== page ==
March 5, 2018 | Jen Hellmich
When you’re looking for a home in a seller’s market, you need a plan in place to avoid making mistakes. By Laura Agadoni 

The real estate market often fluctuates, making it tough to predict  whether the market will favor buyers or sellers when it’s your turn to  buy. Buyers in a seller’s market can get what they want, but they need to bring their “A” game and be decisive. Here are six common mistakes and how to avoid them.
  • Not making your best offer
The motivation to buy what we want for as little money as possible is  deeply engrained in us. So when most people see the listing price of a  home, they naturally wonder what they can really get the house  for. Offering lower than asking price is a reasonable strategy,  especially if the house is overpriced compared with other similar homes  in the area, or if it’s a buyer’s market with lots of available  inventory. But trying to get a deal when you’re in a seller’s market  might not be the best tactic. “In a seller’s market, many buyers do not  step up with a strong enough offer,” says David Dubin,  a New York broker. “There is usually a shortage of inventory, and the  competition is usually fierce. I always encourage a buyer to come in  with a strong opening offer.”
  • Over-Analyzing the Purchase Price
Just as impulse-buying a home is risky, over-analyzing a home  purchase in a seller’s market is ill-advised as well. When you wait too  long, “You are at high risk of losing [the home] you have fallen in love  with,” says Dubin. Once you’ve determined the type of home you want,  the location you desire, and your price range, and finally find a home  that meets your qualifications, don’t wait to make an offer.  To give yourself more leverage, be prepared to move quickly by having  your finances in order — get a preapproval. “Know how much you can truly  afford, repair any credit issues, have your down payment in hand, and  delay [other] major purchases,” says John Lazenby, president of the Orlando Regional Realtor Association in Florida.
  • Working with an inexperienced agent
In a seller’s market, it benefits buyers to get all the help they  can. If you have a seasoned agent on your side, you’ll probably have a  better chance of getting the home you want. Plus, in most cases, buyers  don’t pay real estate agents; sellers do. “When you are competing  against other buyers in a fast-paced market, it is vital to be  ‘offer-ready,’” says Michael Holt,  a New York agent. “Working with a real estate professional saves tons  of time and stress, as they know the ins and outs of the process and can  provide tremendous insight regarding upcoming inventory.”
  • Not being prequalified (or better yet, preapproved) for a loan
You might know that you’ll be approved for a mortgage loan  based on your steady income, your low debt-to-income ratio, and your  high credit score — but the seller probably doesn’t know that. The only  way to prove to the seller that you’re a qualified buyer is to be  prequalified from a lender. “Prequalification is absolutely paramount,”  says Teka Klopfenstein,  a New York agent. “A buyer has zero advantage if they do not have the  cash to purchase without a mortgage and haven’t taken the time to speak  with a lender.” Not getting prequalified, she says, “sends a message to  the seller that the buyer will lag on getting their ducks in order and  aren’t taking their house hunting seriously.”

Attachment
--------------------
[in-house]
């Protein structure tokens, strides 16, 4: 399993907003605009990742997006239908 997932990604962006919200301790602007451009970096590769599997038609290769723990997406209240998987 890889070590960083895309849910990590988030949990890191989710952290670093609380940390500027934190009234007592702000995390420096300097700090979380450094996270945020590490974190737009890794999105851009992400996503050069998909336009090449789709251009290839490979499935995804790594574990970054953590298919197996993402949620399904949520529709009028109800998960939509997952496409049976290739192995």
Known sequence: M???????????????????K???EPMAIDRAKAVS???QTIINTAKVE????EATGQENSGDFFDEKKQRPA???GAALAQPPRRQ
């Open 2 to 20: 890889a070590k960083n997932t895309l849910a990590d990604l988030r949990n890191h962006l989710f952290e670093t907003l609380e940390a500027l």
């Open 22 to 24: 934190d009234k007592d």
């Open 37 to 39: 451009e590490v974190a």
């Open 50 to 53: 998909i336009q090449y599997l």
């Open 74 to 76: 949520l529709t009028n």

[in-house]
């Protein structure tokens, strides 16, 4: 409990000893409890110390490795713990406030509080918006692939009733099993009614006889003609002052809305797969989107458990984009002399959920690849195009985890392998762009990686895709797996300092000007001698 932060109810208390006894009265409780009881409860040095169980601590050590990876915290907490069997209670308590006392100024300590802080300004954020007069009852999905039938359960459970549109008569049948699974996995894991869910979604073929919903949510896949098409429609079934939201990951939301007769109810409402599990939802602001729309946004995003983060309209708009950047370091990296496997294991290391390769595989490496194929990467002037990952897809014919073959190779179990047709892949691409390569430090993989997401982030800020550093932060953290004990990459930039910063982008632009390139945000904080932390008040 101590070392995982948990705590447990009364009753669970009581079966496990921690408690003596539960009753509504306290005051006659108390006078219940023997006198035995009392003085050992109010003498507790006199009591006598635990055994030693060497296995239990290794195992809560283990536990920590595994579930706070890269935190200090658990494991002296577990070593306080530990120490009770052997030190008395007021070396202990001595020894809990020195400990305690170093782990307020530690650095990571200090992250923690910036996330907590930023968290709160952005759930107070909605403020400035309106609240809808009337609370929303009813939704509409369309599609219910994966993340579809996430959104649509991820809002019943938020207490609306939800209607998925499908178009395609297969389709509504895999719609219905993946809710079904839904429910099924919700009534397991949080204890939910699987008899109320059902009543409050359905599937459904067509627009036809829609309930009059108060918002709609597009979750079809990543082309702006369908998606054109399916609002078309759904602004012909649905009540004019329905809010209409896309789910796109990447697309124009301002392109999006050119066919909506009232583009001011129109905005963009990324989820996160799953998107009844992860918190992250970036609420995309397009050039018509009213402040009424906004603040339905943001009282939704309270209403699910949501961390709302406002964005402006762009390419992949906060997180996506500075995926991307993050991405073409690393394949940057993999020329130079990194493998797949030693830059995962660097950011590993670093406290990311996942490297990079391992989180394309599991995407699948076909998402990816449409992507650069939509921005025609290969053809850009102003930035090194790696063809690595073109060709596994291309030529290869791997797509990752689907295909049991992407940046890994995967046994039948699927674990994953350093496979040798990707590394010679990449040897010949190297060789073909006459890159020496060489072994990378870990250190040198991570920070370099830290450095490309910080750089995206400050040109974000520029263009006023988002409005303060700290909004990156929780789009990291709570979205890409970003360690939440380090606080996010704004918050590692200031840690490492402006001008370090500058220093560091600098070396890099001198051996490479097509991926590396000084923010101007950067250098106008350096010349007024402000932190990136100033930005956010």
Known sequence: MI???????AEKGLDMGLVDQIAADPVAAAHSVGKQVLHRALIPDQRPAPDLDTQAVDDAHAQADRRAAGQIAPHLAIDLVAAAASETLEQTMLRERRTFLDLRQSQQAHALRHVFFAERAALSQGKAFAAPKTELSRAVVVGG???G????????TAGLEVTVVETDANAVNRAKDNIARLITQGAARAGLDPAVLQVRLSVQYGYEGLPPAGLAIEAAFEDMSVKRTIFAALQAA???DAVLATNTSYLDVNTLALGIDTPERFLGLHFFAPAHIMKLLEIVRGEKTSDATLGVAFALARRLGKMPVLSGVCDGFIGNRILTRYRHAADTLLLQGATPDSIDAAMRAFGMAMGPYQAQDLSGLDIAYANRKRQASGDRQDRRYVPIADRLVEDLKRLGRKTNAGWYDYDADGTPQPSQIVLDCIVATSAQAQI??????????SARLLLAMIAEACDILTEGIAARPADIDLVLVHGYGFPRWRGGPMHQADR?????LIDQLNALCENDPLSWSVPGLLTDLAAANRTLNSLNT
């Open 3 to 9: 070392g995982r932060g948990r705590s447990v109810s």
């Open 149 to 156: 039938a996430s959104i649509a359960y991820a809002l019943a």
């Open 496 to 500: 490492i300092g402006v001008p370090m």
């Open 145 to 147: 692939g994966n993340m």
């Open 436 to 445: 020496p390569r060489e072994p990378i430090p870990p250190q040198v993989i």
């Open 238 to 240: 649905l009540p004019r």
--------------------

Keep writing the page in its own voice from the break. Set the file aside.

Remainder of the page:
Prequalification means that you simply told your lender your financial story. Preapproval involves submitting a mortgage application, complete with providing  verifying documents. “Preapproval from a reputable lender is key,” says  New York agent Ryan Stenta.  “Presenting this shows the seller that the buyer has already set the  wheels in motion and is serious about making [the deal] a reality.”
  • Not being prepared for a bidding war
If there is ever a time when a bidding war could  be imminent, it’s during a seller’s market. No buyer wants to be  involved in such a battle for fear of possibly going over budget. But  broker Michael Holt presents this solution for buyers: “Set your search  below your max budget to leave room in case of an over-asking bidding  war.”
  • Not learning from your mistakes
There’s no shame in learning that your offer has been declined, but  it’s easy to get frustrated if your offers are declined repeatedly.  Learn from your last transaction(s) so you can move in to your  dream home. Stenta says that buying a house, particularly for first-time  buyers, is a lot like dating. “You probably have to let a few keepers  slip through your fingers, have a couple sleepless nights over it, and  then come back with serious intent to lock up the next greatest  opportunity in front of you.”



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